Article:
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January 2021 – Bourtange, Netherlands
The moment i saw a documentary about less known villages and their secrets, i knew we have to reach Bourtange.
Probably by now you all know how much i love the Dutch villages! 😊 Even more, this star-shaped fortress lies close to the border between the Netherlands and Germany, and it’s just 2 hours drive away from our home. So the upcoming city break to the more famous Groningen had to definitely include Bourtange.
Here’s its secret history that we learned along the way. We found the visit surprising and quite fun.
How Bourtange was built
The history of this little village goes way back, from the times of the Eighty Years War (1566-1648) against the Spanish. The northern provinces of Friesland, Groningen and Drenthe were fierce in their resistance to Spanish rule.
Turns out that the Spanish rulers in Groningen had supply lines through the marshland to the east, across the modern-day border with Germany. In 1580 Prince Willem of Orange wanted to disrupt those supply lines by building a series of forts along the border, on the bits of sandy land that were passable among the marshes.
One of those forts was the star-shaped fortress, Bourtange. It was extended in the following decades, mostly through re-channeling water. But gradually, since it was not needed once the war was over, it fell into disrepair. All of the marshlands around it eventually dried up because local farmers had changed the water channels to drain land for farming.
Eventually, from 1739-42, the fortress was made defensible again through a combination of digging moats and building earthen walls. The buildings inside the fort were also finished.
In the following century, with changes in transportation and weaponry, Bourtange fell into disuse again as a fort. It became a local farming village.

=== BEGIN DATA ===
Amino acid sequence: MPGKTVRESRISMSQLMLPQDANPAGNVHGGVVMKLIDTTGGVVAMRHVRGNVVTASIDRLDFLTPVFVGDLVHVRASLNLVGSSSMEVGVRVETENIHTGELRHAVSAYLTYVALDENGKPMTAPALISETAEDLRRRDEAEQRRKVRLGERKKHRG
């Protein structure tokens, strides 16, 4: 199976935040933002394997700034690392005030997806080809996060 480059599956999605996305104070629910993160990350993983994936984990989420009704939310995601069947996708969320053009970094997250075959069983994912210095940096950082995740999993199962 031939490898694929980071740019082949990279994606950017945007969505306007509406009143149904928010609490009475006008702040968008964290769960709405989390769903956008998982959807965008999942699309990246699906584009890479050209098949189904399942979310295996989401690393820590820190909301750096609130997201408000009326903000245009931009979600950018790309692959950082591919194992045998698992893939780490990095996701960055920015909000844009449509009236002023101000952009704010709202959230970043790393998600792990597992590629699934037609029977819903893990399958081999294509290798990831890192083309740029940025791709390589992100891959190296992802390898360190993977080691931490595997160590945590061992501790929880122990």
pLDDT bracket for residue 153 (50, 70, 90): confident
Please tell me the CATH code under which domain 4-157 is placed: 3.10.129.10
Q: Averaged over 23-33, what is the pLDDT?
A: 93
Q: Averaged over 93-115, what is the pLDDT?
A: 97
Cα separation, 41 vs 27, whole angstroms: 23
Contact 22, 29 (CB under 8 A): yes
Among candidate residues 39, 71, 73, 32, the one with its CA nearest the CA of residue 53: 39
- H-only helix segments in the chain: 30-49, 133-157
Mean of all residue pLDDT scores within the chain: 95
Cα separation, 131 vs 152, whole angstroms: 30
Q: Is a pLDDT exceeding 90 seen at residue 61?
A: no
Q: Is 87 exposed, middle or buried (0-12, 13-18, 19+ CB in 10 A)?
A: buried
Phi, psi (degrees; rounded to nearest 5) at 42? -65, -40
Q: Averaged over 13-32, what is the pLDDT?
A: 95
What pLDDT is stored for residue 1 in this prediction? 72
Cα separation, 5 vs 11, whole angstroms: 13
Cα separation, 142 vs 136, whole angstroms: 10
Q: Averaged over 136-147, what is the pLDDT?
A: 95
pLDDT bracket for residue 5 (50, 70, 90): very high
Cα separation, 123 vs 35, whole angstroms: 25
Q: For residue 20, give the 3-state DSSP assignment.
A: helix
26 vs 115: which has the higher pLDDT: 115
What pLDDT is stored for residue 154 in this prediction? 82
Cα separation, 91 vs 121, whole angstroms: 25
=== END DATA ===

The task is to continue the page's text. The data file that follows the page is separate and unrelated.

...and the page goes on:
In the latter half of the 20th century, the local municipality decided to rebuild the fort to its old appearance in an effort to revive the local economy.
And here is the Bourtange you see today.
What to see in Bourtange
However, this is not just an open-air museum. Although its income is based on tourism, it is also a living village, with about 430 inhabitants.
Make sure to climb up onto the walls and walk around the perimeter of the village. From up there, you can view the buildings inside the walls from above, but also see the extent of the fortifications when you look away from the village. It’s not just a star-shaped wall: it’s a series of concentric walls and moats!
On the walls, you’ll come upon the traditional windmill and the secreten, small wooden buildings hanging over the moat that the soldiers used as toilets.
The synagogue was used until World War II by the tiny Jewish community of Bourtange, at which point they were deported along with most of Holland’s Jews.
The captain’s house, built in 1661, has been restored to how it would have looked at the time: a charming glimpse into 17th century Dutch life.
The central plaza (the Marktplein), cobbled and tree-shaded, is delightful on a sunny day.
So, if you’re going up north, do not miss this stop. You’ll have a glimpse into the past, while walking on city walls with a gorgeous view below your feet.